Early morning today, GCP became the first major cloud provider to give its customers the controls needed to protect their data, even when using the native cloud services such as BigQuery. Google unveiled “External KMS” working with Fortanix and PayPal at Next’19 in London.
We need to zoom out a bit to see why is it so significant and why this announcement became the front and center of the keynotes and demos. New regulations such as CCPA/GDPR are becoming more localized but businesses are becoming more global.
The cost of “non-compliance” is increasing, but businesses rely on a growing set of clouds, services, and users. Almost everyone is “multicloud” (counting on-premises and one public cloud presence). How do businesses, then, control their #dataDestiny?
The cost of “non-compliance” is increasing, but businesses rely on a growing set of clouds, services, and users.
This is why GCP’s external key management service (EKMS) is groundbreaking. You keep your keys on your premises (such as Fortanix DSM) or an external 3rd party SaaS (such as Equinix SmartKey), but you use the same keys and policies for all your apps and data.
Your business risk, your rules - your identities, your log, your access control, your policies - you control the exposure of your data regardless of where and how it used. There is much more about this still-beta service that can’t be publicly disclosed at this point. Get in touch with us or your GCP rep for details.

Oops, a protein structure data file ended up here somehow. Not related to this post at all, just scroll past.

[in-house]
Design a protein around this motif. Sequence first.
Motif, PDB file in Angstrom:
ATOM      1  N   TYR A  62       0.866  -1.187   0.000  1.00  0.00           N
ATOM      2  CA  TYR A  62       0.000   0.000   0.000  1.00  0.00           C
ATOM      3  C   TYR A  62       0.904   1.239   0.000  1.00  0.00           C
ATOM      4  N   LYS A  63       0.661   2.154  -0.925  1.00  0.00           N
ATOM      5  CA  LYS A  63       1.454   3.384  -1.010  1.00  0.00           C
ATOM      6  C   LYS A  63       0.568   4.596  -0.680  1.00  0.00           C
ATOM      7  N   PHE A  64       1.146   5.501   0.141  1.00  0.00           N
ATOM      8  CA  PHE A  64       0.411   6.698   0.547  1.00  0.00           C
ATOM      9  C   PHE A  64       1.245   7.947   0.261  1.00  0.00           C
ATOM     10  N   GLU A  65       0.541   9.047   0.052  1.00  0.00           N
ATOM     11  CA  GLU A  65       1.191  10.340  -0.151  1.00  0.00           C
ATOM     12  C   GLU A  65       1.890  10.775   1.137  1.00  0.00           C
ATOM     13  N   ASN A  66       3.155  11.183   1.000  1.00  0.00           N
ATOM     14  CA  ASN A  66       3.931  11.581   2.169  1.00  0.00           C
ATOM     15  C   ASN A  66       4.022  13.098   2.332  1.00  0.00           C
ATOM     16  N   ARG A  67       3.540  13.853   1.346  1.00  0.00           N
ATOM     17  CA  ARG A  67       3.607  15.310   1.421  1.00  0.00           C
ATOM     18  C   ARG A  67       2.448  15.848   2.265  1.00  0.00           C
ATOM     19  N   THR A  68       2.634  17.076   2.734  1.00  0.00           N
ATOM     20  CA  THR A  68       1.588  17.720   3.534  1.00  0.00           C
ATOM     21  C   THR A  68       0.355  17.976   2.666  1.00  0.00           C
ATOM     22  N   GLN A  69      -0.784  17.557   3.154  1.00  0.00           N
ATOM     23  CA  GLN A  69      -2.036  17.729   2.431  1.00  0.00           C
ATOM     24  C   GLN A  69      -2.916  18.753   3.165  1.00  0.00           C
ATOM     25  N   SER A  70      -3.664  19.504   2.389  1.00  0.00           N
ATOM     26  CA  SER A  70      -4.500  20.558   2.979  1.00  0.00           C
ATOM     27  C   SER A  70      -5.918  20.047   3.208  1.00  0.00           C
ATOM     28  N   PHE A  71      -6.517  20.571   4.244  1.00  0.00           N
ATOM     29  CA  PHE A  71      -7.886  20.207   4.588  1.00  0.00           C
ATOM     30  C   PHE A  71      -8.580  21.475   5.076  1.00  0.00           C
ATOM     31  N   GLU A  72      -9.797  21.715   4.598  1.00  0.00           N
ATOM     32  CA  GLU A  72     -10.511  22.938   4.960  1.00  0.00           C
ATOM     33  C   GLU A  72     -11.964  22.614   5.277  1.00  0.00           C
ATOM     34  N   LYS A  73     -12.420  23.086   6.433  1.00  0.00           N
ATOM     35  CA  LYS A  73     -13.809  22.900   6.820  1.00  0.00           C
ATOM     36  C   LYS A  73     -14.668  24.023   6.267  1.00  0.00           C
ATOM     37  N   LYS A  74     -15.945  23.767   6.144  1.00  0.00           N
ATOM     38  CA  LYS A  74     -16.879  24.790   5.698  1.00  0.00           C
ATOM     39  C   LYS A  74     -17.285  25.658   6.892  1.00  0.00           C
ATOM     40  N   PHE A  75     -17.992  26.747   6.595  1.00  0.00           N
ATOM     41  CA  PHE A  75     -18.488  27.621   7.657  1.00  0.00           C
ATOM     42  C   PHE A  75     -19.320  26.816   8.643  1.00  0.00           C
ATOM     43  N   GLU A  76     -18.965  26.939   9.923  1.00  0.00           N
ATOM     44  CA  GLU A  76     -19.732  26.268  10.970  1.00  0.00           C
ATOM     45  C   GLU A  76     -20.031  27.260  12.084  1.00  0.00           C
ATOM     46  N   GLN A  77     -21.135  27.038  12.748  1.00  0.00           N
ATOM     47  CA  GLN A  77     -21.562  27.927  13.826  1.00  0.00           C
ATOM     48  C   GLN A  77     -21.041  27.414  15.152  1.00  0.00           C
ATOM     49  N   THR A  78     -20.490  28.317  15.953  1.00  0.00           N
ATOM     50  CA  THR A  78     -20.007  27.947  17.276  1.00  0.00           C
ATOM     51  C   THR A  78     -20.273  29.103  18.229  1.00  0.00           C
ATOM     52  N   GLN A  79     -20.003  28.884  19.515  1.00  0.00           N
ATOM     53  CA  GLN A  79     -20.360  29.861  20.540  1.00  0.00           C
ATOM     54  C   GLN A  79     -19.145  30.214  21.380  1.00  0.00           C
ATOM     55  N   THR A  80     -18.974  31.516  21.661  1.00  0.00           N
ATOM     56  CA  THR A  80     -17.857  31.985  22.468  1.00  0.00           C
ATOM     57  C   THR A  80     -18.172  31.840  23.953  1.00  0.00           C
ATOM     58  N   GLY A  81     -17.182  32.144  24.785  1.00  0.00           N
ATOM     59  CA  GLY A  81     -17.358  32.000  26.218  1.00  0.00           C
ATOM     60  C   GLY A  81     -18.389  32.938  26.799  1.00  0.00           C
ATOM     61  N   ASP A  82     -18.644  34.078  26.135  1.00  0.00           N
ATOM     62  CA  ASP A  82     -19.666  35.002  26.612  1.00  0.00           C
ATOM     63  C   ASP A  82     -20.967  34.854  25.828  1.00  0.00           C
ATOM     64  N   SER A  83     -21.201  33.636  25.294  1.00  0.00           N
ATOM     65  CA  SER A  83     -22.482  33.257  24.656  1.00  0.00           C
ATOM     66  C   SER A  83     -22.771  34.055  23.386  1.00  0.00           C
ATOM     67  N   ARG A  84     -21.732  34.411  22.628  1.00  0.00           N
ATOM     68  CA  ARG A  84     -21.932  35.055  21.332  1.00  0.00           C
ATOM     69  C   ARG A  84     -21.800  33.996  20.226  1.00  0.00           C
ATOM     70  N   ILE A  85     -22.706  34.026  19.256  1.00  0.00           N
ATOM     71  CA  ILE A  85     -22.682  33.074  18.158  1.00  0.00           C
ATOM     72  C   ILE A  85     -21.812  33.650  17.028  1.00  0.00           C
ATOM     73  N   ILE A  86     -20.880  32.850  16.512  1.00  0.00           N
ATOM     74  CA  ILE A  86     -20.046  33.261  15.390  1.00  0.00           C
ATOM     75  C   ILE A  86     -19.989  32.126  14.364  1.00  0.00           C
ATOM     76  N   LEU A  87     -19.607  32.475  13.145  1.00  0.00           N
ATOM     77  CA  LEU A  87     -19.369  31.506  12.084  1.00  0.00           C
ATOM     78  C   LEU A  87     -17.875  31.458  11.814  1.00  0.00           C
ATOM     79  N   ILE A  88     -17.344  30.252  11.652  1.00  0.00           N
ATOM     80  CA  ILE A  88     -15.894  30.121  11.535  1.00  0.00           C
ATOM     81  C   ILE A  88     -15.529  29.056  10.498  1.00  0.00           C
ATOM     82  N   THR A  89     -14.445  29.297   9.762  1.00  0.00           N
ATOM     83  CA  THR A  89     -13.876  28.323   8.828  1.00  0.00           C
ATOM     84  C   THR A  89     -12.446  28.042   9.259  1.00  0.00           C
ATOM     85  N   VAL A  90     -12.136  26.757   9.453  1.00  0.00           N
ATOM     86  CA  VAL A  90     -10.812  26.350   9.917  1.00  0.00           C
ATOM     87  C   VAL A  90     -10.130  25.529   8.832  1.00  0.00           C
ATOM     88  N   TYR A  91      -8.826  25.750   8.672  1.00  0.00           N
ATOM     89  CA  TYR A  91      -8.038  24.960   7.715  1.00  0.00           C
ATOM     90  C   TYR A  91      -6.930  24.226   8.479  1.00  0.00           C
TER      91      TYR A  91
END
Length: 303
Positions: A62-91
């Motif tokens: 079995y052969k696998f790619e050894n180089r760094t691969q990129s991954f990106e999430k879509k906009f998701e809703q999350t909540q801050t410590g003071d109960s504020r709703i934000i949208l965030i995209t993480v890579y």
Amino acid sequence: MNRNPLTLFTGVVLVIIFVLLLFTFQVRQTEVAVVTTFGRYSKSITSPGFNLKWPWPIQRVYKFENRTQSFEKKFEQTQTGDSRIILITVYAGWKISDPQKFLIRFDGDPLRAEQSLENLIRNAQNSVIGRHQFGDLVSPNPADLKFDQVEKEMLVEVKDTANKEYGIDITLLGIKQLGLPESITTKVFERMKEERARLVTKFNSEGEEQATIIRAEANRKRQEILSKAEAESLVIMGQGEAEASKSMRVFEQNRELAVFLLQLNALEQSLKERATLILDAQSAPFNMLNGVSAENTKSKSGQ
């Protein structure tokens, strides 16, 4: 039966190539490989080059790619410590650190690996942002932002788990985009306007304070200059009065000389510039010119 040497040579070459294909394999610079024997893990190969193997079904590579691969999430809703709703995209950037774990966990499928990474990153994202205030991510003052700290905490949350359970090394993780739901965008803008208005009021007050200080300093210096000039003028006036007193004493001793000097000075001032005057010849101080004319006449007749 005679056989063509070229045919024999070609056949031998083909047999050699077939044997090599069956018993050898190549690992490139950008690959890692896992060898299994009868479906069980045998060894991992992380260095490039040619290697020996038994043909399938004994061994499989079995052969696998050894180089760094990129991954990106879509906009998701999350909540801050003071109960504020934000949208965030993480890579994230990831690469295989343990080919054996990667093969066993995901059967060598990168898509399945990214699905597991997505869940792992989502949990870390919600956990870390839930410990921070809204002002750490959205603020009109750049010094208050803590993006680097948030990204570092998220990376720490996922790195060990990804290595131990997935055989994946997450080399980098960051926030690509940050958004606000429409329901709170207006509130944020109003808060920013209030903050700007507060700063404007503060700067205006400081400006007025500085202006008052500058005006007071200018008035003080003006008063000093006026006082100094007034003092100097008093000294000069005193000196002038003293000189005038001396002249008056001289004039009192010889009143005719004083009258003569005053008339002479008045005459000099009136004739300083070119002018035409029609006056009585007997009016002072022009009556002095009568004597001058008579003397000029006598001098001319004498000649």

Pictured above are Il-Sung Lee and Gregory King showcasing Fortanix DSM at #googlenext19.
EKMS required deep engineering innovation. How do you have cloud native services such as BigQuery and Google Compute Engine work in complete harmony with external key management service so that you avail cloud-native SLA and performance but have the controls you need?
Can you have your cake and eat it too? Hmm, may be keys are not exactly like cakes. One you find in grocery store, another at locksmith your encryption provider. Kudos to the Google and Fortanix teams to make this a reality.
A service like EKMS may look ridiculously hard today. But, the future of cloud adoption requires an easy and comprehensive security control in the customers’ hands. In a short time, such a service will be a necessity for running anything worth protecting in the cloud.
It may even be mainstream. And, then, in a few years, when EKMS is used by default and future security generation does not even think about it, it will be a ridiculous topic to discuss. When was the last time, you convinced someone they needed Oxygen (or a smartphone!) to survive!